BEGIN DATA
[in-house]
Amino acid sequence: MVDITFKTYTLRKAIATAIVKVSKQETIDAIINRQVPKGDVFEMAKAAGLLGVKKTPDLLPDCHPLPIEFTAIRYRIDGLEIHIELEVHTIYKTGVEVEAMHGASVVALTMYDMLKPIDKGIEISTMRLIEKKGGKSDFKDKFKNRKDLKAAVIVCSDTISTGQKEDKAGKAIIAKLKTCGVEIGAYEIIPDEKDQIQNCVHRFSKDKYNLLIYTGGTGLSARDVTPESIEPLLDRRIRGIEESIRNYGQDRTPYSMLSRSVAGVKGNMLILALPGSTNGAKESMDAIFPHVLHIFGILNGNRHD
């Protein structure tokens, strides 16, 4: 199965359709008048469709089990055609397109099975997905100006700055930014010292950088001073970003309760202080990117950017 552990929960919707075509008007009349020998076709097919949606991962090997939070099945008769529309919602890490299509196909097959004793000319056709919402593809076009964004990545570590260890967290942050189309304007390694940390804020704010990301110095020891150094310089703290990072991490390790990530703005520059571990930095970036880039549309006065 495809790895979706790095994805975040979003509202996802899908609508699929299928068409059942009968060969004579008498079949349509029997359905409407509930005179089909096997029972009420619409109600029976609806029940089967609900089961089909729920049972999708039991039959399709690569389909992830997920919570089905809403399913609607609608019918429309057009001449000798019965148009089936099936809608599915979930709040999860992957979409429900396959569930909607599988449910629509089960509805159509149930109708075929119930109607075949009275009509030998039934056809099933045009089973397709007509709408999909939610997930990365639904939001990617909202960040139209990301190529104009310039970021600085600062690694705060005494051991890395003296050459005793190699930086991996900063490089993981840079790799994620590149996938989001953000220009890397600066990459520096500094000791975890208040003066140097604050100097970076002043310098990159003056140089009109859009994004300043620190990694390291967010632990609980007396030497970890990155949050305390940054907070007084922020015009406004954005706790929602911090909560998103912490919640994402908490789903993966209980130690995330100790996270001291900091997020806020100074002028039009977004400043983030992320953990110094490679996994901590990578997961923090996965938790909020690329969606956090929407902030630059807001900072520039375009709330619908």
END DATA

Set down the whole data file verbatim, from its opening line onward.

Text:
[in-house]
Amino acid sequence: MVDITFKTYTLRKAIATAIVKVSKQETIDAIINRQVPKGDVFEMAKAAGLLGVKKTPDLLPDCHPLPIEFTAIRYRIDGLEIHIELEVHTIYKTGVEVEAMHGASVVALTMYDMLKPIDKGIEISTMRLIEKKGGKSDFKDKFKNRKDLKAAVIVCSDTISTGQKEDKAGKAIIAKLKTCGVEIGAYEIIPDEKDQIQNCVHRFSKDKYNLLIYTGGTGLSARDVTPESIEPLLDRRIRGIEESIRNYGQDRTPYSMLSRSVAGVKGNMLILALPGSTNGAKESMDAIFPHVLHIFGILNGNRHD
């Protein structure tokens, strides 16, 4: 199965359709008048469709089990055609397109099975997905100006700055930014010292950088001073970003309760202080990117950017 552990929960919707075509008007009349020998076709097919949606991962090997939070099945008769529309919602890490299509196909097959004793000319056709919402593809076009964004990545570590260890967290942050189309304007390694940390804020704010990301110095020891150094310089703290990072991490390790990530703005520059571990930095970036880039549309006065 495809790895979706790095994805975040979003509202996802899908609508699929299928068409059942009968060969004579008498079949349509029997359905409407509930005179089909096997029972009420619409109600029976609806029940089967609900089961089909729920049972999708039991039959399709690569389909992830997920919570089905809403399913609607609608019918429309057009001449000798019965148009089936099936809608599915979930709040999860992957979409429900396959569930909607599988449910629509089960509805159509149930109708075929119930109607075949009275009509030998039934056809099933045009089973397709007509709408999909939610997930990365639904939001990617909202960040139209990301190529104009310039970021600085600062690694705060005494051991890395003296050459005793190699930086991996900063490089993981840079790799994620590149996938989001953000220009890397600066990459520096500094000791975890208040003066140097604050100097970076002043310098990159003056140089009109859009994004300043620190990694390291967010632990609980007396030497970890990155949050305390940054907070007084922020015009406004954005706790929602911090909560998103912490919640994402908490789903993966209980130690995330100790996270001291900091997020806020100074002028039009977004400043983030992320953990110094490679996994901590990578997961923090996965938790909020690329969606956090929407902030630059807001900072520039375009709330619908």